Graham: White House agrees to protect abuse photos

Sen. Lindsey GrahamLindsey Olin GrahamSenate panel advances three spending bills Trump says he will sign executive order to end family separations Trump backs narrow bill halting family separations: official MORE (R-S.C.) said Wednesday that an agreement has been reached on a two-part solution to ban the release of any photos depicting abuse of U.S. military detainees.

Speaking to reporters in the Senate, Graham said White House Chief of Staff Rahm Emanuel called to pledge to him and Sen. Joe Lieberman (I-Conn.) that President Obama would issue an order classifying the photos if Congress does not pass a law to ban their release.

“If necessary, he said the president would make sure those photos never see the light of day,” Graham said. “The only way you’d be able to do that is to make sure they’re considered national security documents. That’s their commitment to me and the country, and I take them at their word.”

Specifically, Graham said Attorney General Eric HolderEric Himpton HolderThe American experience is incomplete without its neighbor – The argument for Americanism Eric Holder: Trump administration has 'brought shame to the nation’ with family separations US law is not on the side of Mueller's appointment as special counsel MORE assured him that Obama is considering an order that would classify the photos.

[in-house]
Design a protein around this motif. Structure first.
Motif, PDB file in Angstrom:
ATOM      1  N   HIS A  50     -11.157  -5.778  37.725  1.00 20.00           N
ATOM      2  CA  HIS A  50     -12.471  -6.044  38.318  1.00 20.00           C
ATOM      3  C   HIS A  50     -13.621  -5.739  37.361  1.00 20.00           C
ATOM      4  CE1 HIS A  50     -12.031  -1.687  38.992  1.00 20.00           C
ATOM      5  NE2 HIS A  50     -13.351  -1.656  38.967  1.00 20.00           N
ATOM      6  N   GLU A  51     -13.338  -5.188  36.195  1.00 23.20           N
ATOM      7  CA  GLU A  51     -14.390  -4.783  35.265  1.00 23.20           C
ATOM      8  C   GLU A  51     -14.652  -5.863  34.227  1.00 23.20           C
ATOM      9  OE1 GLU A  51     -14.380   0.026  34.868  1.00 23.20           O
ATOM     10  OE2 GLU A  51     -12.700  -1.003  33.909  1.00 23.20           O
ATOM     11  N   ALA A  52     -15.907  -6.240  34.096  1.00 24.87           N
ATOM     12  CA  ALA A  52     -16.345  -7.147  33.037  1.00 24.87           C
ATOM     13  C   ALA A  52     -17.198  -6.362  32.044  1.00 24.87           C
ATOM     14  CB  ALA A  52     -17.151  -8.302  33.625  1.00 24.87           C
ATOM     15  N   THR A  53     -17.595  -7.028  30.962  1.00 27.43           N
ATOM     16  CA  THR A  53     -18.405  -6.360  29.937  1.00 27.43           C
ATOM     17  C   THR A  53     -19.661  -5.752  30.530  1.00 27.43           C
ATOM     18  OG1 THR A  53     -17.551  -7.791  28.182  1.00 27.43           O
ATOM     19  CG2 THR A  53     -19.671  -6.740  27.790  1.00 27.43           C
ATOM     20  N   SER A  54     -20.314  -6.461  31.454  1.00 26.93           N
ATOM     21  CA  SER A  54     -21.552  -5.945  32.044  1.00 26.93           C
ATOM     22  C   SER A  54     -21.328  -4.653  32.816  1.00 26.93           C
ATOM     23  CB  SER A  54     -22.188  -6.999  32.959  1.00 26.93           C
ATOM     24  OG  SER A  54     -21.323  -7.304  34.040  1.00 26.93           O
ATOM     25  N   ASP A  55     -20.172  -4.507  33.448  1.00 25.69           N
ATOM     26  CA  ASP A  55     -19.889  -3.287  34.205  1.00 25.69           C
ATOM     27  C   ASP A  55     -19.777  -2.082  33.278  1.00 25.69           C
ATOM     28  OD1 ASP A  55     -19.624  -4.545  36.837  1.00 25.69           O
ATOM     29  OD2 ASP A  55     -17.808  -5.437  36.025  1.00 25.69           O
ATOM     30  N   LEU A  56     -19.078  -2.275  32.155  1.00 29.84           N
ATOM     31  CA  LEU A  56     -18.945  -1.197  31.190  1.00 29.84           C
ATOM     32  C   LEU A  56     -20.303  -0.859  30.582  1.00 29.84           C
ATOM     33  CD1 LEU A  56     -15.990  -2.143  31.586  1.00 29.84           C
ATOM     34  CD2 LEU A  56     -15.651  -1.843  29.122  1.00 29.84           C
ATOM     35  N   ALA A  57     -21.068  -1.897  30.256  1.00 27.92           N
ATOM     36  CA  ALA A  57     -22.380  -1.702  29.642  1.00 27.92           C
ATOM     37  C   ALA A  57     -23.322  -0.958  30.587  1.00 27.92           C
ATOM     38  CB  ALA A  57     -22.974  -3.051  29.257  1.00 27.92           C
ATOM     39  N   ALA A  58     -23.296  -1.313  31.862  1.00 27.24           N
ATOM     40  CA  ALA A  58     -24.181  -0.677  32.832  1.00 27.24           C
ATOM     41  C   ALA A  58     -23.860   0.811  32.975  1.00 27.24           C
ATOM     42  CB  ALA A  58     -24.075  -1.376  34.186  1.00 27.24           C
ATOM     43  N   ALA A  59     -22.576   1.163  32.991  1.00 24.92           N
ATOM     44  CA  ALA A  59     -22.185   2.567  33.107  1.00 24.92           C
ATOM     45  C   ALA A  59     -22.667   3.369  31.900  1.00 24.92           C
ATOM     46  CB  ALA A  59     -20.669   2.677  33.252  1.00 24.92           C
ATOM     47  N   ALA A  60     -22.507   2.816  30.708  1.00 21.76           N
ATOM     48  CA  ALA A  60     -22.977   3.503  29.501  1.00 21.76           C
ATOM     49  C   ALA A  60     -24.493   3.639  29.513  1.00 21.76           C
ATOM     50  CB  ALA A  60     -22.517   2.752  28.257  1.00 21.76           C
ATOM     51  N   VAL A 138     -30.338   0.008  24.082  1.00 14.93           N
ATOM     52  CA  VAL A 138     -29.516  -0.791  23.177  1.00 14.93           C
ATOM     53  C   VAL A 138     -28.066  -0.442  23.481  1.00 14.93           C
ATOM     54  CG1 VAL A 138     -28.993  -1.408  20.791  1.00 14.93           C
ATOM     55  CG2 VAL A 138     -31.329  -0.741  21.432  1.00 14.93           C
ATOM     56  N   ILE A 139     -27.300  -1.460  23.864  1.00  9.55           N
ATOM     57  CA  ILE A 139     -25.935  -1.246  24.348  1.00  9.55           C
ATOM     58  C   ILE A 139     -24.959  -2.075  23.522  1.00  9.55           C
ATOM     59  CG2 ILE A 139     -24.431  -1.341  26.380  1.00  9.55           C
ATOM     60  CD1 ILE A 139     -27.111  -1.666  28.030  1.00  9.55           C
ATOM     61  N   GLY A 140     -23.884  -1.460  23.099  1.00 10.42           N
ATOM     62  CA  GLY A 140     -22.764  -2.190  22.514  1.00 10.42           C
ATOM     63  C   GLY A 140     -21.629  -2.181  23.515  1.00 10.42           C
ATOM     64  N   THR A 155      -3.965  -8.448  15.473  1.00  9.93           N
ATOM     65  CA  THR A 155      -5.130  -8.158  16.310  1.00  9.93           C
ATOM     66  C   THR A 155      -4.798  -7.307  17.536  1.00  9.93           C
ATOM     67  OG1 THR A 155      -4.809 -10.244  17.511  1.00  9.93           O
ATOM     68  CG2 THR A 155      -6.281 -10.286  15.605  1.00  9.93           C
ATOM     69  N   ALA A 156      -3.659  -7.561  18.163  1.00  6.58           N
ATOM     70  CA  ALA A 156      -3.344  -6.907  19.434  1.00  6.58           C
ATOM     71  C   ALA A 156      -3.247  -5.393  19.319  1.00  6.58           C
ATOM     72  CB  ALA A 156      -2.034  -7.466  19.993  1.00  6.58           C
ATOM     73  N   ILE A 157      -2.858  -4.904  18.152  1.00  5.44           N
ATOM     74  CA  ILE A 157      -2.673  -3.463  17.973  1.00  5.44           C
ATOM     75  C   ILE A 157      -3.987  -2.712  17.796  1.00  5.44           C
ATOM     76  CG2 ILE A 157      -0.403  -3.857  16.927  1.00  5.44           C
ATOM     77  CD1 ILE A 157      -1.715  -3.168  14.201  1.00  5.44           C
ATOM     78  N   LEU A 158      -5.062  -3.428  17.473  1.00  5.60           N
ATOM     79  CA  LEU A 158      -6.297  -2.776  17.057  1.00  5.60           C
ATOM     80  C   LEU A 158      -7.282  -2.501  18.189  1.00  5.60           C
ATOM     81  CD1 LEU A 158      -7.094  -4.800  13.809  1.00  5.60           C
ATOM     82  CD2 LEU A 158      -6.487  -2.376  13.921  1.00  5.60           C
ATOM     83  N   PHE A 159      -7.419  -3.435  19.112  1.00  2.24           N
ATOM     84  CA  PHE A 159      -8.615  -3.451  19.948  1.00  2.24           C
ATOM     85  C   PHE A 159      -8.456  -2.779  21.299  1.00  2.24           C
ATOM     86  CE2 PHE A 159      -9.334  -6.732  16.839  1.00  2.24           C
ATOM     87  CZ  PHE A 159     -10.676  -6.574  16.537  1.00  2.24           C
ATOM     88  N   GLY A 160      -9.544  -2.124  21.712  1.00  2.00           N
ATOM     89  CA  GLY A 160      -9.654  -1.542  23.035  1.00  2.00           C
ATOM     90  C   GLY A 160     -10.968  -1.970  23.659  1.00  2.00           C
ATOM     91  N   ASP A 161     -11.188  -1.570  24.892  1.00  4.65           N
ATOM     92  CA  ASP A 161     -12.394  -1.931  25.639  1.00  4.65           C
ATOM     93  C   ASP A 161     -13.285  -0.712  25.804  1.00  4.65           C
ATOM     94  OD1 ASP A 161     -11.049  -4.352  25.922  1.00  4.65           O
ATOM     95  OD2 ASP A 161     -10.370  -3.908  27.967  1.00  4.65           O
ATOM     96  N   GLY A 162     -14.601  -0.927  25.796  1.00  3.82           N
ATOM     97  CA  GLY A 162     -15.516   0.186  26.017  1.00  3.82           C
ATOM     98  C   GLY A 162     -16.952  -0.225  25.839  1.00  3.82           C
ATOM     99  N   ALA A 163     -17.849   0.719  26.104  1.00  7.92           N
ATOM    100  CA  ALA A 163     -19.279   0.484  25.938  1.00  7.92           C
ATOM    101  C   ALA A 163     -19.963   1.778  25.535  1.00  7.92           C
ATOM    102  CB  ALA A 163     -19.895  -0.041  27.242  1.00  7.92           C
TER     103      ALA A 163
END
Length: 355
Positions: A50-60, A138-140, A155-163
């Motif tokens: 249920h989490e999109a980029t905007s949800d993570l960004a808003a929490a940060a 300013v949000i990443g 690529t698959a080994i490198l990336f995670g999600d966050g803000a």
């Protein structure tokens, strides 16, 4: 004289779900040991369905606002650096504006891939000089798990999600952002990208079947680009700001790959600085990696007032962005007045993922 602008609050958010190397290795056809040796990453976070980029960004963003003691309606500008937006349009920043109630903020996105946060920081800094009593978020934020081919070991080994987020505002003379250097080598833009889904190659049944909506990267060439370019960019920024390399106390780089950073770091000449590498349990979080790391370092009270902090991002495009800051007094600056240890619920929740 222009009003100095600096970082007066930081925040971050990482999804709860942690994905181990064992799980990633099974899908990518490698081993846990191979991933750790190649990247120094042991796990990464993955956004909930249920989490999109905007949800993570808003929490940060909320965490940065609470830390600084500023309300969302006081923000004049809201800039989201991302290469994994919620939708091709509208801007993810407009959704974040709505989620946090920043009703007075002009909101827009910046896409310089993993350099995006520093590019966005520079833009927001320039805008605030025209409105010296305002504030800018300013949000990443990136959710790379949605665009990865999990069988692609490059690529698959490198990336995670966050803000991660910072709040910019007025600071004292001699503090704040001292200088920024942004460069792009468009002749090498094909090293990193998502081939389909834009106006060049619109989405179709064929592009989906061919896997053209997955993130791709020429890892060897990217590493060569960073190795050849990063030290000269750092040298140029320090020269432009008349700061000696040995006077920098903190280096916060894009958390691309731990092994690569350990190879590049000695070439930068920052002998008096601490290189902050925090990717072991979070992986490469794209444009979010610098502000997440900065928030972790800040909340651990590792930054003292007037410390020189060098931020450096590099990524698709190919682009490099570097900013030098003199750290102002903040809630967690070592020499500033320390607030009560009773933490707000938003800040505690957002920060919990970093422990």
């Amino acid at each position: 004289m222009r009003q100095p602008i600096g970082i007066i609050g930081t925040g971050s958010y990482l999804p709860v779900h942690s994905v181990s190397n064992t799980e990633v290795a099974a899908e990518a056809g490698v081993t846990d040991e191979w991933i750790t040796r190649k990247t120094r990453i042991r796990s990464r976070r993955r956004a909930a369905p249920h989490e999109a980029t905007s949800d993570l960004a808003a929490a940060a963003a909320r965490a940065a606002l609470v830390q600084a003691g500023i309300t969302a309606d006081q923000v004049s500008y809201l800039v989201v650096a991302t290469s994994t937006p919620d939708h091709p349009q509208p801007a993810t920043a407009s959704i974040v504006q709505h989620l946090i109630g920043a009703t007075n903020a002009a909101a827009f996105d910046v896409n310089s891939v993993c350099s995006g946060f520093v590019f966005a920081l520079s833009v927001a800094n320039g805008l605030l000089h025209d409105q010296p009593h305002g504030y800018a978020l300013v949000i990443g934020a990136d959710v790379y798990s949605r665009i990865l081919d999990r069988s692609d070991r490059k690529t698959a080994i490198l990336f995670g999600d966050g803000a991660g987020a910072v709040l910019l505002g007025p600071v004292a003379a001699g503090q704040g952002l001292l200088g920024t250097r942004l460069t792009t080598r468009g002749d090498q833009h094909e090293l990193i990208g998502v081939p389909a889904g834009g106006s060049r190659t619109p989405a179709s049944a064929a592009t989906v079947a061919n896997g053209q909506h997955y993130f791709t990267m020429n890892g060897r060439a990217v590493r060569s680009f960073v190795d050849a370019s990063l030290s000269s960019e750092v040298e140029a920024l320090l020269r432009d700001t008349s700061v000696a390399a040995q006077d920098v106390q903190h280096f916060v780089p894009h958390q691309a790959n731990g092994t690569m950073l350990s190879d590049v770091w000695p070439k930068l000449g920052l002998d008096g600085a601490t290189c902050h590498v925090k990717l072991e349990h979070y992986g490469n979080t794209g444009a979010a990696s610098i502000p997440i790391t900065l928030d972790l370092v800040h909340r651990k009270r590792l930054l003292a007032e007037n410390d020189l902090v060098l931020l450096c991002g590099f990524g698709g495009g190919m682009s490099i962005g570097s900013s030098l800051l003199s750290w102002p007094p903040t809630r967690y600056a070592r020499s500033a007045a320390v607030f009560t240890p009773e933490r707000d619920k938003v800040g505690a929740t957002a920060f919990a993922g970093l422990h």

A White House aide had no comment.

Separately, Graham said Senate Majority Leader Harry ReidHarry Mason ReidAmendments fuel resentments within Senate GOP Donald Trump is delivering on his promises and voters are noticing Danny Tarkanian wins Nevada GOP congressional primary MORE (D-Nev.) has agreed to a July 8 vote on a standalone bill to ban the photos from being released. Graham said that either a free-standing vote would be held or the bill would be passed by unanimous consent.

Reid spokesman Jim Manley suggested an even quicker timetable, saying, “We are trying to see if we can pass their bill before voting on the supp,” referring to the $108 billion military supplemental the Senate is expected to take up later this week.

Obama decided last month to withhold the photos, but the American Civil Liberties Union has filed a lawsuit to force their release. A federal court last week issued a stay until this fall, keeping the photos under wraps at least until then.

Sam Youngman contributed to this report